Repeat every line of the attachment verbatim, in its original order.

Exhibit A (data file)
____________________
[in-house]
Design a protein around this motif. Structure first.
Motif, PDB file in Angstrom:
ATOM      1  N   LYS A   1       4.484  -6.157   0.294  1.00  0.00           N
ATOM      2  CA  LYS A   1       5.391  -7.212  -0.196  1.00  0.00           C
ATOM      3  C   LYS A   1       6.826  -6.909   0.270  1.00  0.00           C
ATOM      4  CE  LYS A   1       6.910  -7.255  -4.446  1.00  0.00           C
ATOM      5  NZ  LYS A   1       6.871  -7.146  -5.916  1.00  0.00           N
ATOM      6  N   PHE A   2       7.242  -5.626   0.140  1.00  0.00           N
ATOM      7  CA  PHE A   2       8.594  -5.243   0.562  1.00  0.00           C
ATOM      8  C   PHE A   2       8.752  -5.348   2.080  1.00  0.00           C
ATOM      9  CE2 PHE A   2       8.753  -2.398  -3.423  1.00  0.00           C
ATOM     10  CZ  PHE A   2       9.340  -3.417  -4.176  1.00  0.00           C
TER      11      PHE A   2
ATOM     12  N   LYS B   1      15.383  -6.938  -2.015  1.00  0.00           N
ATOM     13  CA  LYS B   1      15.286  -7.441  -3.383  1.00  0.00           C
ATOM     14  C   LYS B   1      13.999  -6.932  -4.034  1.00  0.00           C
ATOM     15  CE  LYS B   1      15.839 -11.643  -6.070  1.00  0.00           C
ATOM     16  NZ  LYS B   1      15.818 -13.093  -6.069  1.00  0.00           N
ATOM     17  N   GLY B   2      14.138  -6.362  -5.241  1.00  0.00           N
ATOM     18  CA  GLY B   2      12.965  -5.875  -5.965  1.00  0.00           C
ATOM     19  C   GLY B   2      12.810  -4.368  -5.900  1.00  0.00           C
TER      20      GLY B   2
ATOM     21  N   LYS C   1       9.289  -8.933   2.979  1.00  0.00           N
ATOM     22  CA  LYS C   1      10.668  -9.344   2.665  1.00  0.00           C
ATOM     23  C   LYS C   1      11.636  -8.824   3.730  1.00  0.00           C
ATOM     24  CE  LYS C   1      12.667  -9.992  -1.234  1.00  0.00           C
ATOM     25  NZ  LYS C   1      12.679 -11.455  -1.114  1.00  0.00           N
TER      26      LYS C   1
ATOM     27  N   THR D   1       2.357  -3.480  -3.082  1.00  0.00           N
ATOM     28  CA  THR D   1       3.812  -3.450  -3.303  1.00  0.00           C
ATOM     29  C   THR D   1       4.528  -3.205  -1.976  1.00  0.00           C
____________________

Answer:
[in-house]
Design a protein around this motif. Structure first.
Motif, PDB file in Angstrom:
ATOM      1  N   LYS A   1       4.484  -6.157   0.294  1.00  0.00           N
ATOM      2  CA  LYS A   1       5.391  -7.212  -0.196  1.00  0.00           C
ATOM      3  C   LYS A   1       6.826  -6.909   0.270  1.00  0.00           C
ATOM      4  CE  LYS A   1       6.910  -7.255  -4.446  1.00  0.00           C
ATOM      5  NZ  LYS A   1       6.871  -7.146  -5.916  1.00  0.00           N
ATOM      6  N   PHE A   2       7.242  -5.626   0.140  1.00  0.00           N
ATOM      7  CA  PHE A   2       8.594  -5.243   0.562  1.00  0.00           C
ATOM      8  C   PHE A   2       8.752  -5.348   2.080  1.00  0.00           C
ATOM      9  CE2 PHE A   2       8.753  -2.398  -3.423  1.00  0.00           C
ATOM     10  CZ  PHE A   2       9.340  -3.417  -4.176  1.00  0.00           C
TER      11      PHE A   2
ATOM     12  N   LYS B   1      15.383  -6.938  -2.015  1.00  0.00           N
ATOM     13  CA  LYS B   1      15.286  -7.441  -3.383  1.00  0.00           C
ATOM     14  C   LYS B   1      13.999  -6.932  -4.034  1.00  0.00           C
ATOM     15  CE  LYS B   1      15.839 -11.643  -6.070  1.00  0.00           C
ATOM     16  NZ  LYS B   1      15.818 -13.093  -6.069  1.00  0.00           N
ATOM     17  N   GLY B   2      14.138  -6.362  -5.241  1.00  0.00           N
ATOM     18  CA  GLY B   2      12.965  -5.875  -5.965  1.00  0.00           C
ATOM     19  C   GLY B   2      12.810  -4.368  -5.900  1.00  0.00           C
TER      20      GLY B   2
ATOM     21  N   LYS C   1       9.289  -8.933   2.979  1.00  0.00           N
ATOM     22  CA  LYS C   1      10.668  -9.344   2.665  1.00  0.00           C
ATOM     23  C   LYS C   1      11.636  -8.824   3.730  1.00  0.00           C
ATOM     24  CE  LYS C   1      12.667  -9.992  -1.234  1.00  0.00           C
ATOM     25  NZ  LYS C   1      12.679 -11.455  -1.114  1.00  0.00           N
TER      26      LYS C   1
ATOM     27  N   THR D   1       2.357  -3.480  -3.082  1.00  0.00           N
ATOM     28  CA  THR D   1       3.812  -3.450  -3.303  1.00  0.00           C
ATOM     29  C   THR D   1       4.528  -3.205  -1.976  1.00  0.00           C